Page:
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4.5 Specifying How Fields Are Separated

The field separator, which is either a single character or a regular expression, controls the way awk splits an input record into fields. awk scans the input record for character sequences that match the separator; the fields themselves are the text between the matches.

In the examples that follow, we use the bullet symbol (•) to represent spaces in the output. If the field separator is ‘oo’, then the following line:

moo goo gai pan

is split into three fields: ‘m’, ‘•g’, and ‘•gai•pan’. Note the leading spaces in the values of the second and third fields.

The field separator is represented by the built-in variable FS. Shell programmers take note: awk does not use the name IFS that is used by the POSIX-compliant shells (such as the Unix Bourne shell, sh, or Bash).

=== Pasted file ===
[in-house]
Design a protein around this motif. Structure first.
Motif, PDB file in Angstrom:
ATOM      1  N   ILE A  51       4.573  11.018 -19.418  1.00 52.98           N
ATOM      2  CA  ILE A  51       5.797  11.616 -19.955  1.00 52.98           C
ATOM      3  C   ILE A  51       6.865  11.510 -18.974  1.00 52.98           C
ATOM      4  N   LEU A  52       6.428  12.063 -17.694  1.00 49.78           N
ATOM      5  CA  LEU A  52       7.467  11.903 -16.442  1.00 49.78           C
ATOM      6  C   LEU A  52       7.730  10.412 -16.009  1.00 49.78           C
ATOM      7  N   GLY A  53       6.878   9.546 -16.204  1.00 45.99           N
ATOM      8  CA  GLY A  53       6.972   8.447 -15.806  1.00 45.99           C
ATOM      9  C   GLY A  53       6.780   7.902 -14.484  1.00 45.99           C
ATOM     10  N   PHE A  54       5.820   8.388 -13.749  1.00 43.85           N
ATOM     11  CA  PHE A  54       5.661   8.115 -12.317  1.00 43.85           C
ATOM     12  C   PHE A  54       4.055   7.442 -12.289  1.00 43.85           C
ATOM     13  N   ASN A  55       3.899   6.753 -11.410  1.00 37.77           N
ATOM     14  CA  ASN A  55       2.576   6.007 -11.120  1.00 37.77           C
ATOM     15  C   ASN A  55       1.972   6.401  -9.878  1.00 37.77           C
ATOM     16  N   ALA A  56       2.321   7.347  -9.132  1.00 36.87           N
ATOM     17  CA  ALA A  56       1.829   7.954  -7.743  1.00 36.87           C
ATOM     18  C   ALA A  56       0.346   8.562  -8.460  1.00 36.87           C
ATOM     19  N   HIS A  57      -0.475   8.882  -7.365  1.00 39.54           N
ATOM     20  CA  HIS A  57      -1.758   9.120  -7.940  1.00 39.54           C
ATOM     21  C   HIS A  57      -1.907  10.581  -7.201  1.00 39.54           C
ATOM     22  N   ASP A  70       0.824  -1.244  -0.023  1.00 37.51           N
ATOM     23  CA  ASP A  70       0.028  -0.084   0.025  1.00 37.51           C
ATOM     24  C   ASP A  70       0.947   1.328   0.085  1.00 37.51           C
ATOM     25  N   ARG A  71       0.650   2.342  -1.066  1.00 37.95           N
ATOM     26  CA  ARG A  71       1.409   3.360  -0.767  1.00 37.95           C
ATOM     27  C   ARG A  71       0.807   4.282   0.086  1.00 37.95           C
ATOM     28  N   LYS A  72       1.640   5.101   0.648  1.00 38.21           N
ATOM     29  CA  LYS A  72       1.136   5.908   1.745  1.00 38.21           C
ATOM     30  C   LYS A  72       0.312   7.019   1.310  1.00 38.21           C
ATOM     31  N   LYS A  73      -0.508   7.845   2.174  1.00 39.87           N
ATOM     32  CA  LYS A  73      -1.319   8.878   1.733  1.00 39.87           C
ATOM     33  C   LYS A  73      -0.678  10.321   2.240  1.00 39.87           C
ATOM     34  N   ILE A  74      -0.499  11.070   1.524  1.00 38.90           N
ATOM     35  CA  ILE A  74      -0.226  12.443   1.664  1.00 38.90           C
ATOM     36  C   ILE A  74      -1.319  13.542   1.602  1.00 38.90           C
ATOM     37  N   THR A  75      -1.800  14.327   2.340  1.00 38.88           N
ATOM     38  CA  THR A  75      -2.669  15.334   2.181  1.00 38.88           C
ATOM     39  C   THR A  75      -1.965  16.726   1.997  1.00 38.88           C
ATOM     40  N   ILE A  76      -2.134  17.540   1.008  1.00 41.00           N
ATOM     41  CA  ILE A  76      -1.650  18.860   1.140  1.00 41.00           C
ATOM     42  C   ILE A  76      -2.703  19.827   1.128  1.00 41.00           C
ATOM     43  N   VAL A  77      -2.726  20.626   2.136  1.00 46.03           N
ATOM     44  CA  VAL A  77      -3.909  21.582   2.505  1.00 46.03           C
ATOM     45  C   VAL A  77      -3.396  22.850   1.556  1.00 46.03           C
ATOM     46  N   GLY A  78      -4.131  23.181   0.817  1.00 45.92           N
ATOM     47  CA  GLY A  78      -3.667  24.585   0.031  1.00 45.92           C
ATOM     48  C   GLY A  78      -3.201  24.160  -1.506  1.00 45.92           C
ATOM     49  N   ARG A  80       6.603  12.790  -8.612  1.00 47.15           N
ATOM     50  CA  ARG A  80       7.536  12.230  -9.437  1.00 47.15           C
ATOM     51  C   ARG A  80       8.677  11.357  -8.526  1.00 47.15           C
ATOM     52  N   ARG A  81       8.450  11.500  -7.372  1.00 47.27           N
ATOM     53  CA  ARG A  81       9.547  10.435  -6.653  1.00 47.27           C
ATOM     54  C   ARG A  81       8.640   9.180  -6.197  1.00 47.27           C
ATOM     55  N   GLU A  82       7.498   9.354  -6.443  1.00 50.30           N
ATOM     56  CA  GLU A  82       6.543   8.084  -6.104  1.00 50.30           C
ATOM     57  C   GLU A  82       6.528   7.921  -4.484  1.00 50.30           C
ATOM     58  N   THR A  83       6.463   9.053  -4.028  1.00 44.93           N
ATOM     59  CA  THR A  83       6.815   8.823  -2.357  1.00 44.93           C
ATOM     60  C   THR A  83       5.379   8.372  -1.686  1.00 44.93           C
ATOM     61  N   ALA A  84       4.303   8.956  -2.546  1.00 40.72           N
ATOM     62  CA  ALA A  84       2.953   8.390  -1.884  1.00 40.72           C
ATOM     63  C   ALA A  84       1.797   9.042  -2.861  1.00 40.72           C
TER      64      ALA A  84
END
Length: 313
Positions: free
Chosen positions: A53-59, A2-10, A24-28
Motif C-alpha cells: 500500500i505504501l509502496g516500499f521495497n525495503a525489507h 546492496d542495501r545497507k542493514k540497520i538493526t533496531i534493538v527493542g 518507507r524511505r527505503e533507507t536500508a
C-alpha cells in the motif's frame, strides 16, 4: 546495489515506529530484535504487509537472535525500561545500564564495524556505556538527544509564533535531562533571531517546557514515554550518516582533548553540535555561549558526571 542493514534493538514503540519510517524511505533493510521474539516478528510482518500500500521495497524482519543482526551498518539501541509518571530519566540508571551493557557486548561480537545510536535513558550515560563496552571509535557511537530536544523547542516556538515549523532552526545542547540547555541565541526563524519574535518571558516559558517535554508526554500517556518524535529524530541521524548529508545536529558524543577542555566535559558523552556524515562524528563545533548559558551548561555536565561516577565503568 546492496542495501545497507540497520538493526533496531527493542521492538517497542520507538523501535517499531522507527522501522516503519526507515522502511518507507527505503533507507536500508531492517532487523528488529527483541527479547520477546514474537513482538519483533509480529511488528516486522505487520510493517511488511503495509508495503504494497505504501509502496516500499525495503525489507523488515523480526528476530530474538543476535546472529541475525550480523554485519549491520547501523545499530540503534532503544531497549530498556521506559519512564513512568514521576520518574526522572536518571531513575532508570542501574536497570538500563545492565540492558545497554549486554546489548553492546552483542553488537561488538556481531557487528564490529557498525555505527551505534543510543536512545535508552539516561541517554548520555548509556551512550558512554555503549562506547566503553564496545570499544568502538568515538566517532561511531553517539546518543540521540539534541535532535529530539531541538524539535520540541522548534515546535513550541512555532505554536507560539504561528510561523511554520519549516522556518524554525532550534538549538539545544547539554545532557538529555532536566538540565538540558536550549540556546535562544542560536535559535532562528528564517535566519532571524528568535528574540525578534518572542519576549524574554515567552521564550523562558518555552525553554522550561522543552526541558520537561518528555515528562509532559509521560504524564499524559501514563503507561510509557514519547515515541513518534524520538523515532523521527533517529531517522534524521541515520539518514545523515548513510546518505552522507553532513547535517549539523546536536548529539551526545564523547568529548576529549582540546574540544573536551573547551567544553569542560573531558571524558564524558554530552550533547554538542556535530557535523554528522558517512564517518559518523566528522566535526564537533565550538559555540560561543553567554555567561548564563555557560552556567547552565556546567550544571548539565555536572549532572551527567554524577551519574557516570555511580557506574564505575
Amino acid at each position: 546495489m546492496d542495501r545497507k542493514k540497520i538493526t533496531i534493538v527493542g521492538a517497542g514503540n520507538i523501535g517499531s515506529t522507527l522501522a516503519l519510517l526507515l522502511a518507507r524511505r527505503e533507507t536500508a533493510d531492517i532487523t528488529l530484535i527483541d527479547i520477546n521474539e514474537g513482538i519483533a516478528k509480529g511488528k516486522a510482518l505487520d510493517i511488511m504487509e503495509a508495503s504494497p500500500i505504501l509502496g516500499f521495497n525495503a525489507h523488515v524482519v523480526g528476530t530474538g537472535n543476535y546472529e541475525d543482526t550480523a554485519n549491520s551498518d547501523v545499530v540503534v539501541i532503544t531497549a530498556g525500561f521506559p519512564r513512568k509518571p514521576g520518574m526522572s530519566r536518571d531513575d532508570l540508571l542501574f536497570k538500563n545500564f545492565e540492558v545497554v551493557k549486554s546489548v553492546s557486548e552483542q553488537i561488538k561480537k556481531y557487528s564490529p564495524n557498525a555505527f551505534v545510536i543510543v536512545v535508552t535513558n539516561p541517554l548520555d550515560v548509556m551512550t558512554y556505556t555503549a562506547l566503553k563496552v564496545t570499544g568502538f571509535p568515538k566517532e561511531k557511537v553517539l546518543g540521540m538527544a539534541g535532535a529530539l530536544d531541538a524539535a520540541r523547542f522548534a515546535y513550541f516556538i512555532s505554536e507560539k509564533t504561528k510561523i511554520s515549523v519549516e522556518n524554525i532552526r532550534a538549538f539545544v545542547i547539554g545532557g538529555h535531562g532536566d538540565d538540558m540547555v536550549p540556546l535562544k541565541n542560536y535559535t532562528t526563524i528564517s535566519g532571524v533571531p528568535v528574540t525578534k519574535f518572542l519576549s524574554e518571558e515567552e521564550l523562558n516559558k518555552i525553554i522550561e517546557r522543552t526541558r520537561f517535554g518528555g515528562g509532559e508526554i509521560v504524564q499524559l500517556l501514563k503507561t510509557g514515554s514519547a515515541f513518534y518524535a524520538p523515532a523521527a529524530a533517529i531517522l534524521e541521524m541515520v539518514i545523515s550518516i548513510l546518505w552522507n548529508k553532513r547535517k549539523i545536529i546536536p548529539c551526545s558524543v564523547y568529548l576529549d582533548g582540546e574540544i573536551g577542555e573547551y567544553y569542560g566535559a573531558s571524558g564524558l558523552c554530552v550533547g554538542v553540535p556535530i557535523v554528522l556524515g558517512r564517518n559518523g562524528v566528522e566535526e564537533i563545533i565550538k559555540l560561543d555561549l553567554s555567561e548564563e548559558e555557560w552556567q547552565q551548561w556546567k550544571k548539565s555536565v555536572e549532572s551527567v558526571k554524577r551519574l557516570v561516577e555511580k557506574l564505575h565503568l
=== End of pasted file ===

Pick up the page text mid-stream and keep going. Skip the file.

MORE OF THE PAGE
The value of FS can be changed in the awk program with the assignment operator, ‘=’ (see Assignment Ops). Often the right time to do this is at the beginning of execution before any input has been processed, so that the very first record is read with the proper separator. To do this, use the special BEGIN pattern (see BEGIN/END). For example, here we set the value of FS to the string ",":

awk 'BEGIN { FS = "," } ; { print $2 }'

Given the input line:

John Q. Smith, 29 Oak St., Walamazoo, MI 42139

this awk program extracts and prints the string ‘•29•Oak•St.’.

Sometimes the input data contains separator characters that don’t separate fields the way you thought they would. For instance, the person’s name in the example we just used might have a title or suffix attached, such as:

John Q. Smith, LXIX, 29 Oak St., Walamazoo, MI 42139

The same program would extract ‘•LXIX’, instead of ‘•29•Oak•St.’. If you were expecting the program to print the address, you would be surprised. The moral is to choose your data layout and separator characters carefully to prevent such problems. (If the data is not in a form that is easy to process, perhaps you can massage it first with a separate awk program.)


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